Monday, July 26, 2010

Love, Loss, and Gratitude

So much has happened in this past week. From losing an old high school friend to graduating from the Institute of Integrative Nutrition, I am overwhelmed from these extreme highs and lows. The only common denominator between these two very different events has been the notion of love and gratitude and for that reason only, I am writing about them in conjunction.

Even though Alex and I had lost touch over the years, I still consider him to be a good friend. I know I'm not alone when I say that he was one of those people that leaves a lasting impression on your heart, and I will forever be grateful for having known him. Always quick to share a smile or a laugh, he was adored by all that he met. Kind, funny, and smart, are just some of the words to describe Alex, and my heart goes out to his closest friends, family, and his beautiful girlfriend who has been nothing short of courageous and strong through this most devastating time.

Alex’s untimely passing taught me to not take the people we love for granted and to live each day to its fullest. And while he was here, he demonstrated just how far a smile and a laugh can go.

I applied these lessons to my graduation weekend and am filled with so much gratitude for having gone to this school. There was more love flowing through the room than on any other class weekend, and I’m truly lucky to have met some of the most genuine, passionate, kind, and amazing people (not to mention, fabulous dancers) through this program, some of which I know I will be friends with forever.

After our last day, several class mates were taking a trapeze lesson along the Hudson River. A little hungover from the previous night’s graduation celebration, and quite frankly a little scared, I debated whether or not to join the crew.

I finally came to the conclusion that life is short and bit the bullet. I also thought back to the time when I saw "Beatles Love" in Vegas and decided that being an acrobat was hands down the best job anyone could ever have. So... unprepared in daisy dukes (I wonder if trapezing in jean shorts is as big of a faux pas as skiing in jeans) I took the plunge.

The hardest part for me was climbing up the ladder, and finally jumping off the ledge. I thought that each time I went up there, it would only get easier, but instead each time was scarier than the last. Although a little dramatic, I felt like I had cheated death already (or at least a serious injury). Why repeatedly put myself out there on the ledge? But mostly I think this was just an excuse for a fear of failing.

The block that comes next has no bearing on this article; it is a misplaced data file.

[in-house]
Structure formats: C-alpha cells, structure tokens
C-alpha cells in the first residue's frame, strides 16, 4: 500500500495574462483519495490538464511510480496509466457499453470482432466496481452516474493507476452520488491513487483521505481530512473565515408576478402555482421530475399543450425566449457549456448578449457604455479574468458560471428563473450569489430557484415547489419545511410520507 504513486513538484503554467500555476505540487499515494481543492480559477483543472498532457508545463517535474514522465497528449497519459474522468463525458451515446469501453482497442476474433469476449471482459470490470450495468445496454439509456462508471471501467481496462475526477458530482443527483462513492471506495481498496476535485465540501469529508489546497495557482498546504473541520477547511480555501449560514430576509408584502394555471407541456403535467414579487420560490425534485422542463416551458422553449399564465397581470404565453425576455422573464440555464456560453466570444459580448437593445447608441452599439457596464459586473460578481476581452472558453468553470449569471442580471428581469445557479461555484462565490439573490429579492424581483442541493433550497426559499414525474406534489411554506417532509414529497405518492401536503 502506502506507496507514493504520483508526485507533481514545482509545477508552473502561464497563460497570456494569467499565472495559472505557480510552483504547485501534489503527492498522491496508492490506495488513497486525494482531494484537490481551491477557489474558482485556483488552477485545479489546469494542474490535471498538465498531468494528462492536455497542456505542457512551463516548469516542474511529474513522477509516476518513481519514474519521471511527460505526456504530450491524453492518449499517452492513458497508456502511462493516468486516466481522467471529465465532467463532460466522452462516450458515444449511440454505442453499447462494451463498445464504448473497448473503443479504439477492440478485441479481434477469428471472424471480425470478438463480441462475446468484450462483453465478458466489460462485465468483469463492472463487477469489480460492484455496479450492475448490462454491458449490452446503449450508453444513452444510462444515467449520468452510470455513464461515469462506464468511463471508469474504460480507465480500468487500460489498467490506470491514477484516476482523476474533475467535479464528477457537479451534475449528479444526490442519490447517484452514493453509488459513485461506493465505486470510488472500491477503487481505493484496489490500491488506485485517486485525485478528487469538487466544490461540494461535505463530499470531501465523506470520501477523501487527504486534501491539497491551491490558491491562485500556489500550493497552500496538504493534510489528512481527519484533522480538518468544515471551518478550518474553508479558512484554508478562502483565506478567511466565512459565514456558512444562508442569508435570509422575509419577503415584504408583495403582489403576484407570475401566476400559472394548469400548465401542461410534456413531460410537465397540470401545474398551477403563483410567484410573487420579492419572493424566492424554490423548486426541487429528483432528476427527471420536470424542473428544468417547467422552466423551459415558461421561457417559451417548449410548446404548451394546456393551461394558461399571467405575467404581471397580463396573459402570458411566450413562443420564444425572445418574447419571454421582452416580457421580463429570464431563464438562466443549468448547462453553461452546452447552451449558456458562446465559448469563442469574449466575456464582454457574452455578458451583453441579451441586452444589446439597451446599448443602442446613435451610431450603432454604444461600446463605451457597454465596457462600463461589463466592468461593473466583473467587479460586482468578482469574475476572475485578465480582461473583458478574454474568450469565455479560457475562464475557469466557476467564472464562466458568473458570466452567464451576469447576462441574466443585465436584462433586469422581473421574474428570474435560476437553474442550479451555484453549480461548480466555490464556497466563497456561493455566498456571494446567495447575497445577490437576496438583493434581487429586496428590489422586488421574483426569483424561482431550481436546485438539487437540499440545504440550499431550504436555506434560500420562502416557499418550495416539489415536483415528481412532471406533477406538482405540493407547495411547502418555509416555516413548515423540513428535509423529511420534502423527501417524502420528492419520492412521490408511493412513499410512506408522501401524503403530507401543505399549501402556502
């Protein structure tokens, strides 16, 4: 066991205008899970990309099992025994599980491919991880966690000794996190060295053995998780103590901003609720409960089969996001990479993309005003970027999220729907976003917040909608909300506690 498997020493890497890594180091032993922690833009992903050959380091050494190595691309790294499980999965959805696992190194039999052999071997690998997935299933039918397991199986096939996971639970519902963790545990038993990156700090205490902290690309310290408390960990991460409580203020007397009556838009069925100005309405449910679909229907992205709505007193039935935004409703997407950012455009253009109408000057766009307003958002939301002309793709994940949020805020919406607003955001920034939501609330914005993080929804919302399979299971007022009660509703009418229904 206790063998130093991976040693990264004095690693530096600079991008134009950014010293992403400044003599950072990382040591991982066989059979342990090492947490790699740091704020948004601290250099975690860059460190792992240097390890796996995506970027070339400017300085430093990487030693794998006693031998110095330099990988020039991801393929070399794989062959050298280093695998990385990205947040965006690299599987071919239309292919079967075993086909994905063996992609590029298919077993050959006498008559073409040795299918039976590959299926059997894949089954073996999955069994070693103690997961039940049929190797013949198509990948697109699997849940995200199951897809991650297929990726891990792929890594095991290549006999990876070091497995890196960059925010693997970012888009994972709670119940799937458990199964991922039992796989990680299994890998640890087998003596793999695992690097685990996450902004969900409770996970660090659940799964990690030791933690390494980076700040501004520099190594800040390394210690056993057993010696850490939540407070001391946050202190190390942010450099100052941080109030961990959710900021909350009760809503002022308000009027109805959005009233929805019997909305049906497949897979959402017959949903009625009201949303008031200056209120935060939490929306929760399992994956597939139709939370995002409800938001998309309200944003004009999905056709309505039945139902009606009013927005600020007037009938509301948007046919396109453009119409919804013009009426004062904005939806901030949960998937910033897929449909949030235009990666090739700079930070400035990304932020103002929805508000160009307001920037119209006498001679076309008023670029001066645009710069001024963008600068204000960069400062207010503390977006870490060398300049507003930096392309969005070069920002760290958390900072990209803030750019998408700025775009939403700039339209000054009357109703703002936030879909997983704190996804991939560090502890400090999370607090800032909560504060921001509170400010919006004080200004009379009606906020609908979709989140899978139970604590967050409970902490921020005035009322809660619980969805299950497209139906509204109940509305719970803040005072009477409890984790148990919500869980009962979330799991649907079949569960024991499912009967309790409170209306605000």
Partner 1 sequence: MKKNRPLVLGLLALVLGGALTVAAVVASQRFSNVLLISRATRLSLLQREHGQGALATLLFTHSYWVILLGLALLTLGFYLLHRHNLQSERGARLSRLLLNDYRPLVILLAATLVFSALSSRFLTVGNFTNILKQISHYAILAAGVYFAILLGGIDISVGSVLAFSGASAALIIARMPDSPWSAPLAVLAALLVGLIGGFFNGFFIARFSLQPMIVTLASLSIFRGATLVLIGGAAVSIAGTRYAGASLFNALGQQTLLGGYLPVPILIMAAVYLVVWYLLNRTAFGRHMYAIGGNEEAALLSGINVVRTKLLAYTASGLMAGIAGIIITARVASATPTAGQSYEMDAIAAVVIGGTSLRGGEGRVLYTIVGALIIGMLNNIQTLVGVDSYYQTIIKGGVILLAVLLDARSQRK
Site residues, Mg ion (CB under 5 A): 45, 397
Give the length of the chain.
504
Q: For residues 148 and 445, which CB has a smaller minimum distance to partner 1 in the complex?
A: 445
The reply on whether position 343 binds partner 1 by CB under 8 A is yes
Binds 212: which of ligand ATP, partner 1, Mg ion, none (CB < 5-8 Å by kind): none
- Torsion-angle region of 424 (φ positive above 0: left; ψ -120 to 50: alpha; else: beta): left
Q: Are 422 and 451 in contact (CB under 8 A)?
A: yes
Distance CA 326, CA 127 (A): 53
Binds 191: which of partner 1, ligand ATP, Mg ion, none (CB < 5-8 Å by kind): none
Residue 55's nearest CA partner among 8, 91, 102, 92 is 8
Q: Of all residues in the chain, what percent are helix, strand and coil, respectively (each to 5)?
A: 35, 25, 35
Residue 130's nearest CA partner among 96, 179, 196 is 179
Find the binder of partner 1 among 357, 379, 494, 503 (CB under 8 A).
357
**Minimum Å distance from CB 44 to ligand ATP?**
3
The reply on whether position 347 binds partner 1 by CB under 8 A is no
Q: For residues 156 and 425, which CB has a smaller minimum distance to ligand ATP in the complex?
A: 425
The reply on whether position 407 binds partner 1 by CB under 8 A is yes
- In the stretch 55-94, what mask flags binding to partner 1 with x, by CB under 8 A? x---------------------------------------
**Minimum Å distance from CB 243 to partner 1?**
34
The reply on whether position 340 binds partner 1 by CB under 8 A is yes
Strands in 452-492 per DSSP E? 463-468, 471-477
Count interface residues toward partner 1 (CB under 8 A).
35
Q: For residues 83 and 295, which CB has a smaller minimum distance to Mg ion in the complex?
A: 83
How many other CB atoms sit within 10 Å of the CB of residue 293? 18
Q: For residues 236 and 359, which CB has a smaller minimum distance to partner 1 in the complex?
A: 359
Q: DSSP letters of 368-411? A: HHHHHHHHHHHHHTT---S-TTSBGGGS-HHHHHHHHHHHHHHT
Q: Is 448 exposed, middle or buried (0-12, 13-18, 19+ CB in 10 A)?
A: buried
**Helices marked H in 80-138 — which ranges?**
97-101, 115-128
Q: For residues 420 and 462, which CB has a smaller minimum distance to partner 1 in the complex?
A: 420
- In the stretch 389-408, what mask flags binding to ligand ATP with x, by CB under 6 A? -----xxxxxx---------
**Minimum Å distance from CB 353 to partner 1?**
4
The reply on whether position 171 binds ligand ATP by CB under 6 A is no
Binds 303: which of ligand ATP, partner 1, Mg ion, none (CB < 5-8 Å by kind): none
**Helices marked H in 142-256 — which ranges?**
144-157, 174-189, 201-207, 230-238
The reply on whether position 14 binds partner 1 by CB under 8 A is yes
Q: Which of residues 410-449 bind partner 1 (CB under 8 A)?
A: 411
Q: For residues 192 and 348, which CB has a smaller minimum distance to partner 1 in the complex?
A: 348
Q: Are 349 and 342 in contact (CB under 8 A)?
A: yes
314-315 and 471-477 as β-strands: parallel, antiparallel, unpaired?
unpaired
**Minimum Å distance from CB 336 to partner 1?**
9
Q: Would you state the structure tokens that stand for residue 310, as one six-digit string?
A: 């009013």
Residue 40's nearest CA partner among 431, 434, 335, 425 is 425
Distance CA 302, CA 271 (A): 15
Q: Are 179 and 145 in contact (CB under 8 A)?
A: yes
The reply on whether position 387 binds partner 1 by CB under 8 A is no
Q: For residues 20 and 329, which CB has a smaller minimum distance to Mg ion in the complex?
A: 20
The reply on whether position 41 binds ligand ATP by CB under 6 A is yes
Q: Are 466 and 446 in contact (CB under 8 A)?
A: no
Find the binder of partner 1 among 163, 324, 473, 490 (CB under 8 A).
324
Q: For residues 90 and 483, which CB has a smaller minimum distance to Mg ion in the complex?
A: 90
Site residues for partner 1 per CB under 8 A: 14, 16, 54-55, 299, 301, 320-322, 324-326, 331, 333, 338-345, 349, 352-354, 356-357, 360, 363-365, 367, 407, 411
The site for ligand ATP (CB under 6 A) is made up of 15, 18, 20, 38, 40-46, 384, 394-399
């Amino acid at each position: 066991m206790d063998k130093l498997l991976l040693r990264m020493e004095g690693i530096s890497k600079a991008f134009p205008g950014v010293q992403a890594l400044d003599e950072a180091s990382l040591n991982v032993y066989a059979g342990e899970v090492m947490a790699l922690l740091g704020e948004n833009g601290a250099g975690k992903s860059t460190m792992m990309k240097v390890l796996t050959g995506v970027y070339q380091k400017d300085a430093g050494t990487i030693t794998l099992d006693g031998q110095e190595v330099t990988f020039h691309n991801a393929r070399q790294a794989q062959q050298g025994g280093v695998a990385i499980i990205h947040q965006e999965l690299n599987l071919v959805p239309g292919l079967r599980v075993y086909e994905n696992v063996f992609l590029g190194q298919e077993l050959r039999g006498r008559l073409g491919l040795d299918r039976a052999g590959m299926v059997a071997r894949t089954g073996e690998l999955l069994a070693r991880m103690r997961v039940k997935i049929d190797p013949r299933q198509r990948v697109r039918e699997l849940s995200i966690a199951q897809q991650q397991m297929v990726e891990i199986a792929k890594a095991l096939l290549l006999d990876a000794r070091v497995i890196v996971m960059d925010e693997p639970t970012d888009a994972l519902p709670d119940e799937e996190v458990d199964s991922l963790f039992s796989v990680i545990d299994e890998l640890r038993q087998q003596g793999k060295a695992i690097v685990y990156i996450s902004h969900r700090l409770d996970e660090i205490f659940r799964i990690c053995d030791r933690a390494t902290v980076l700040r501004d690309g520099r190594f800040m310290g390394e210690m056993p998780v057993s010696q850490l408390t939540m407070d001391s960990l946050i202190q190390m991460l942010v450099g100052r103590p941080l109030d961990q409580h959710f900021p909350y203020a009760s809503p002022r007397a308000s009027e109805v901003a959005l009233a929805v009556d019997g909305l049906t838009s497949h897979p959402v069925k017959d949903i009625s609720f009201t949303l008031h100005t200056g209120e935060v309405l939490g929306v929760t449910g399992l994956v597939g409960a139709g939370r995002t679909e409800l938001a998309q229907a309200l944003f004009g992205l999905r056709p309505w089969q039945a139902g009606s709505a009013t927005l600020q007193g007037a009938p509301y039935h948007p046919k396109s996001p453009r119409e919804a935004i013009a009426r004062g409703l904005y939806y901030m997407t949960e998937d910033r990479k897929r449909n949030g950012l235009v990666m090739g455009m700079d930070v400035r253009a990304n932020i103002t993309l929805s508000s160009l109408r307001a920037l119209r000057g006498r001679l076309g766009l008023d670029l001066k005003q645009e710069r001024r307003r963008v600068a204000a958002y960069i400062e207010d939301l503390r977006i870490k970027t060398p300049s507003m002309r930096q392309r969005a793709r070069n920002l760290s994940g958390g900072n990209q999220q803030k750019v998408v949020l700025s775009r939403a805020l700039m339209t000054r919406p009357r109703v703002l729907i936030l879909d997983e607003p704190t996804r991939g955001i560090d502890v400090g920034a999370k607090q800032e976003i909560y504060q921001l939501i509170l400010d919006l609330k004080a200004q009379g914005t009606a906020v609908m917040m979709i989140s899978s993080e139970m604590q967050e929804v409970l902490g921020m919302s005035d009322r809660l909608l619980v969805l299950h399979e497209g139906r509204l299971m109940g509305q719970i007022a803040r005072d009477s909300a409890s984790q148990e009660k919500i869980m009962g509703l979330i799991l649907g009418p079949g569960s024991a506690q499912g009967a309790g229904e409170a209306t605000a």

For some reason I struggled with the last sequence where you are swinging by your knees, let go, and reach for the arms of the catcher. My heart was racing, my timing was off, and I just simply couldn't complete the catch. I let my fear get the best of me, and was disappointed in myself. My friends however, refused to let me leave without succeeding, and convinced me to attempt the catch for a third time.

This time I took a deep breath. I thought of Alex who although I firmly believe is living on in a much better place, will never again feel what it's like to be inside his body. He will never have the opportunity to stand high above the greatest city in the world with the sun beaming down on him, and then and there I decided not to take this moment for granted.

"READY!" yells the instructor. I bend my knees, "HEP!" he calls out, and this time without hesitation, I plunge off the ledge, and as I’m swinging along reaching for the instructor, I’m alive, conquering a fear and succeed at the catch.

Although I don’t see myself going back to the Trapeze School of New York anytime soon, I left feeling calm, happy, and grateful. Calm because It was over, happy because I did it, and grateful because of who I got to experience it with. (We missed you Jamie :))

I dedicate my triumph over my fear to Alex, and hope that right before his accident, the sun was beaming down on him, the wind was through his hair, and he felt more alive than ever.

In life we can either come from a place of fear and hesitation, or we can live life to its fullest by coming from a place of love, bending our knees, and jumping at the "Hep" of the universe. From now on, I will do the "ladder."

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